I was fortunate to be a part of the inaugural cohort RDM 101 Research Data Management for Biomedical and Health Science Librarians in Spring 2018 . That experience continued my learning about RDM practices in librarianship. One aspect that particularly stuck with me are the multitude of roles for librarians to be involved with data. The announcement for the funding came at an opportune time. I had recently been accepted to teach a workshop on reproducibility at the American Medical Informatics Association (AMIA) Informatics Summit in San Francisco in March. Initially, I was only going to attend the workshop because of the cost of the full conference but the call for funding provided me with the ability to attend and focus on their data science track.
I wanted to attend the data science track of AMIA Informatics Summit because I was also going to be a student in the RDM 102: Beyond Research Data Management for Biomedical and Health Sciences Librarians cohort focusing on data science practices for librarians. I knew this introduction would be a chance to see the intersections of librarianship and informatics as it relates to data science. The workshop I taught, “Innovative Tools for Research Reproducibility and Data Sharing” was a kickstart to my learning at the conference. Questions that I was getting during the workshop about some of the information included things about ontologies, metadata, and repositories, much of which was a part of the RDM 101 course. Seeing the informaticists looking for discipline specific information on these needs began to lay the groundwork of connections between the 2 fields and demonstrated the similarities that informaticists and librarians.
The sessions that stood out to me were ones on open data and data science. One session that I took the most away from was: “Patients, Populations and Data Science.” The different talks within the session that were stand outs for my connection of information professionals were: “On the Role of Question Summarization and Information Source Restriction in Consumer Health Question Answering”, “Extracting Biomedical Terms from Postpartum Depression Online Health Communities”, and “Modeling Depression Symptoms from Social Network Data through Multiple Instance Learning.” Each of these sections highlighted something about using open data or known data mining and data ethics. For me, one aspect of data librarianship that is most important is data literacy and ethics. Many people that were a part of the corpus of the data collected for these were not made aware that the data would be used in these ways, which brings up the question of using public data and how informed are the users creating the data. I think that as someone who teaches data literacy, this opened my eyes to things that need to be reinforced in the communities we support. This also brought up more ethical data questions that I have for research overall. I will not go into too much detail but this session opened my eyes and piqued my interest more in why having a data librarian involved in the IRB process is an avenue that I personally want to explore.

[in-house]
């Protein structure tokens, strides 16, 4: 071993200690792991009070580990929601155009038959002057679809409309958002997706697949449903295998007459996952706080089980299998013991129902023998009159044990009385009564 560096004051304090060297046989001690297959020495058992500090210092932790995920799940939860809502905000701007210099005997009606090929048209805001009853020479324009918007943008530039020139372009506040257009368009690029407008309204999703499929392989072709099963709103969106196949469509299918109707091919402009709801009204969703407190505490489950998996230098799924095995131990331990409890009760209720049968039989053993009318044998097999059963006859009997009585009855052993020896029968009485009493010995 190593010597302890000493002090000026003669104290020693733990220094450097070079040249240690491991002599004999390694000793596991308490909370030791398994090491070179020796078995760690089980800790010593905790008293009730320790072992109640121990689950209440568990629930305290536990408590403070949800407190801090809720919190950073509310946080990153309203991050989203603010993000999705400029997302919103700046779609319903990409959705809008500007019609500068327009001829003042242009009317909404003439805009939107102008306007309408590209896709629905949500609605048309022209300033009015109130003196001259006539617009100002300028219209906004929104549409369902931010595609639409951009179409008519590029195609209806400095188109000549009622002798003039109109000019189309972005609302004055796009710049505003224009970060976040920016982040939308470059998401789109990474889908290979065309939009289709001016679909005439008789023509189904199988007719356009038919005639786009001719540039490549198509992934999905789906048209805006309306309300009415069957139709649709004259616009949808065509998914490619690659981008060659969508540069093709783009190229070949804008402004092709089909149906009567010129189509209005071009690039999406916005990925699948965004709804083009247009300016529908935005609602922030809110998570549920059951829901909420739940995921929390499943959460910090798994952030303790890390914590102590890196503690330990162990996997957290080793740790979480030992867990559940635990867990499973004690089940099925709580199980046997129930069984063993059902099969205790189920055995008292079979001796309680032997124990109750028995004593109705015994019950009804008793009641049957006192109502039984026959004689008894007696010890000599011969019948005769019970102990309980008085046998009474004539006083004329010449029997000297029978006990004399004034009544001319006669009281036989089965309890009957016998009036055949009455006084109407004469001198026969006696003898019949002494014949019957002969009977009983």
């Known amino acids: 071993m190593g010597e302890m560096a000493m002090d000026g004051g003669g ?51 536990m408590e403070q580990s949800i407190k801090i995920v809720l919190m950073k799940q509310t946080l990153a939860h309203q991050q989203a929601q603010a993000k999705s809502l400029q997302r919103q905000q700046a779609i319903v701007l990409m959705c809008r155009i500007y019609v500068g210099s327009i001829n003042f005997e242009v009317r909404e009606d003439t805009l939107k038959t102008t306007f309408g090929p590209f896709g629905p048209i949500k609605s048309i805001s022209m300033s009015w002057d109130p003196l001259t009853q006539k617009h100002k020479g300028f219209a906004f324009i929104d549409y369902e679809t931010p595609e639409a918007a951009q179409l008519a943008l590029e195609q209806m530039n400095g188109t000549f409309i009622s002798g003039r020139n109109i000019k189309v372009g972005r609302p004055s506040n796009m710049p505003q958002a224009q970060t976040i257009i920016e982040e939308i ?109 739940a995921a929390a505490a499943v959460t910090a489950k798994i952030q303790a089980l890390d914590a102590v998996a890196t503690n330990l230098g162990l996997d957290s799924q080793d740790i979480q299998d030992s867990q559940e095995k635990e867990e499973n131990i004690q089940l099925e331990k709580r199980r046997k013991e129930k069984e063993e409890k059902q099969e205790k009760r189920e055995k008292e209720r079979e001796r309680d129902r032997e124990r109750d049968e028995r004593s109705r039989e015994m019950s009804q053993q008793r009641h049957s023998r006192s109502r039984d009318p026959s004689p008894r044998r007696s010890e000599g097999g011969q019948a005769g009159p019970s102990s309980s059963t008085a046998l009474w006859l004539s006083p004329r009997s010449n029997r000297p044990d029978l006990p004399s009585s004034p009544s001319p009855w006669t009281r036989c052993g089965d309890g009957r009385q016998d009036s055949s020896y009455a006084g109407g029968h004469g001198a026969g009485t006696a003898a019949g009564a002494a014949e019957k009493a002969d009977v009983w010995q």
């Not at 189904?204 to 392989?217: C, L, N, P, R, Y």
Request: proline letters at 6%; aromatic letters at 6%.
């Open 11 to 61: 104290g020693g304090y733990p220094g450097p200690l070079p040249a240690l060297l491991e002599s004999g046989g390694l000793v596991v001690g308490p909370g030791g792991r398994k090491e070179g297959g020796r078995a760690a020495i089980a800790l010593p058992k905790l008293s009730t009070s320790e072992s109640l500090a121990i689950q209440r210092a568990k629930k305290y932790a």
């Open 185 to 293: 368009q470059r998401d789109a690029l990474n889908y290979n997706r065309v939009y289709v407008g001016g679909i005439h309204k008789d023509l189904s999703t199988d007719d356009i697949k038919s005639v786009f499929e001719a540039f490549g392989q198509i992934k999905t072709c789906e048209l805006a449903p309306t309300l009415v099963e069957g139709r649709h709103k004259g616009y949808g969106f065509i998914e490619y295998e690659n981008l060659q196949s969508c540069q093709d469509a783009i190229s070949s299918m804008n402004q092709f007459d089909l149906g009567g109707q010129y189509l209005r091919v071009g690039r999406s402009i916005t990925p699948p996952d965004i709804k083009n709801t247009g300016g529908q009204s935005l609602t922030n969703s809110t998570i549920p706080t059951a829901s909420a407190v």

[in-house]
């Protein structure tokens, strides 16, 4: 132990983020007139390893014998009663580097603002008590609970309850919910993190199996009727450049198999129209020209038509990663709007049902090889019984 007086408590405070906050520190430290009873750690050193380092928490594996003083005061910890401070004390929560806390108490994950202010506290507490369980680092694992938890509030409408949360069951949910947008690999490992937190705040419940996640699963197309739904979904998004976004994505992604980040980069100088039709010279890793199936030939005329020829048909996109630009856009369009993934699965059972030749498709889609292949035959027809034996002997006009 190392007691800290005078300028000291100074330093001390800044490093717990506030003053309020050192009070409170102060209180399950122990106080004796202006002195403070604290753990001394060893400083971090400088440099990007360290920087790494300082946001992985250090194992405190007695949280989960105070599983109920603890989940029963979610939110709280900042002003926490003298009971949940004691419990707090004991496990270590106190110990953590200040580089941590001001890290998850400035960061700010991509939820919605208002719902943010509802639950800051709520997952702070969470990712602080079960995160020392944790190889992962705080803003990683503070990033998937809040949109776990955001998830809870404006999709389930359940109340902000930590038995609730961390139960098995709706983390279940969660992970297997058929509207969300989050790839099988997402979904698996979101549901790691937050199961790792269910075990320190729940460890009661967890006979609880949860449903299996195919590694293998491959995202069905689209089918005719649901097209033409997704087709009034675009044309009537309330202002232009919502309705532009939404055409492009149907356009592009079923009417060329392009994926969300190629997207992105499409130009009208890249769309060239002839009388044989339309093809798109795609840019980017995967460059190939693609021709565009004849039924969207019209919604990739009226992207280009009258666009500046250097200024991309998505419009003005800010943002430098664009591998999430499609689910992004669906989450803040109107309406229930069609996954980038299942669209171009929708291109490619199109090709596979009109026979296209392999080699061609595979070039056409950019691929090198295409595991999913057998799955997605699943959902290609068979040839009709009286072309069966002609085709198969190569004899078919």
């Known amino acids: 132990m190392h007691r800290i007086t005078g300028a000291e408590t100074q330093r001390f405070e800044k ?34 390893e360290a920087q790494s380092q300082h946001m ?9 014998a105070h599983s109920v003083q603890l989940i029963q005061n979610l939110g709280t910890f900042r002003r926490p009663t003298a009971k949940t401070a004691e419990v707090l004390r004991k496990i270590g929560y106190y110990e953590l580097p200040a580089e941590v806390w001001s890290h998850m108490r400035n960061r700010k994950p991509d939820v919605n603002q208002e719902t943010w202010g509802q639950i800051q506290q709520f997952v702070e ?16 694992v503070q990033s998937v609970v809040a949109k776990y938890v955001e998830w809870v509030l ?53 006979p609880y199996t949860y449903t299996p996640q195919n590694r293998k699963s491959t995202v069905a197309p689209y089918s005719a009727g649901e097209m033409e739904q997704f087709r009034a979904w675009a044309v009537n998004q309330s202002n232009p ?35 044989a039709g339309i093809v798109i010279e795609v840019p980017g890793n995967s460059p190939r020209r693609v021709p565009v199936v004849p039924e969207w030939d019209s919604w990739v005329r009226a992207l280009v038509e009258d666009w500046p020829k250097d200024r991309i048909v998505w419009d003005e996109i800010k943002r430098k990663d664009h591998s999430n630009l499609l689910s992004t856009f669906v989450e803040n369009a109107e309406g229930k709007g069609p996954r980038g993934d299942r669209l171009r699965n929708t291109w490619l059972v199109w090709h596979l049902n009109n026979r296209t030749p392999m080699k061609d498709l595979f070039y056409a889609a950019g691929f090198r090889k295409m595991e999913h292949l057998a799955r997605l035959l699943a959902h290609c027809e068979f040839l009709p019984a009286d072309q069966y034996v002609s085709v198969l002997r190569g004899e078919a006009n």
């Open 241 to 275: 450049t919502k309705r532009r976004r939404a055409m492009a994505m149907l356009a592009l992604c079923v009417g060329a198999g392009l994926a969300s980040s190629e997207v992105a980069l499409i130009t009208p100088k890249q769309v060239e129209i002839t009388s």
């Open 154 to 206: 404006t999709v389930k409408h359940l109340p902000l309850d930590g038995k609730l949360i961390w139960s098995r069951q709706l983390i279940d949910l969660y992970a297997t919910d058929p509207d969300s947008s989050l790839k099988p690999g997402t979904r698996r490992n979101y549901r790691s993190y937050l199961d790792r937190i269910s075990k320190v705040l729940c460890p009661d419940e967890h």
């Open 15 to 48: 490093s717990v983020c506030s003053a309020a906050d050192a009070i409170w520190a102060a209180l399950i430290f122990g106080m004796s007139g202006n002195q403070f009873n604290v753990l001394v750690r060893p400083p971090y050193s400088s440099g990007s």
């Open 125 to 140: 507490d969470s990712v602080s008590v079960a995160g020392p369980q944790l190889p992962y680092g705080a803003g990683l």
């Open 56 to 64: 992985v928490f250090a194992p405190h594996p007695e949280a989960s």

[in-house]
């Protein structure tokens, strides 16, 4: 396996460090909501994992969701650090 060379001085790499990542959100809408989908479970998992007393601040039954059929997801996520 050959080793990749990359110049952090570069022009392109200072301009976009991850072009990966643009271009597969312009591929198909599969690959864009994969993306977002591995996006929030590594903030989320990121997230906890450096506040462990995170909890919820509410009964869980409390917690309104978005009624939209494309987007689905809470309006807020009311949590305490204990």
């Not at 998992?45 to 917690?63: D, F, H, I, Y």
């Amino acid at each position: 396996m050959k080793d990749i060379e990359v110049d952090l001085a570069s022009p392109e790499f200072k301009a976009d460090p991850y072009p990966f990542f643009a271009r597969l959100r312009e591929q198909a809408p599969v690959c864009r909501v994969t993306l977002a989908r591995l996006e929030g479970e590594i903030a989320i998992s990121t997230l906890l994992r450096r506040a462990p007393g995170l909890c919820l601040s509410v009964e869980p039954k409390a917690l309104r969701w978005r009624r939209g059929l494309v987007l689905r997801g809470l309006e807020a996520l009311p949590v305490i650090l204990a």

Overall, I was expecting to learn more about the intersections of informatics and librarianship. The Summit gave me more an overview of how the two disciplines could benefit each other. There are similarities in the theory of both library science and informatics. Data librarians could definitely benefit from partnering with the informatics departments if they are interested in taking their skills more technical. A symbiotic benefit for informaticists and librarians is with ontology, metadata, thesauri, and/or index development. One thing that I noticed and that was mentioned in the opening keynote from Greg Simon, President, Biden Cancer Initiative, is that there are so many home grown solutions to problems that are capitalized on and not enough creation with our peers. This really hit home to me and is something that I am still thinking about today.
I am truly grateful for the experience that the NTO funding provided me. Learning about the ways in which librarians can support data outside of a traditional library role is something that I think needs to be discussed in more library and information programs and throughout library careers. There is not a one size fits all for librarians and the settings they work and exploring the intersections of librarians and informaticists helped remind me of that.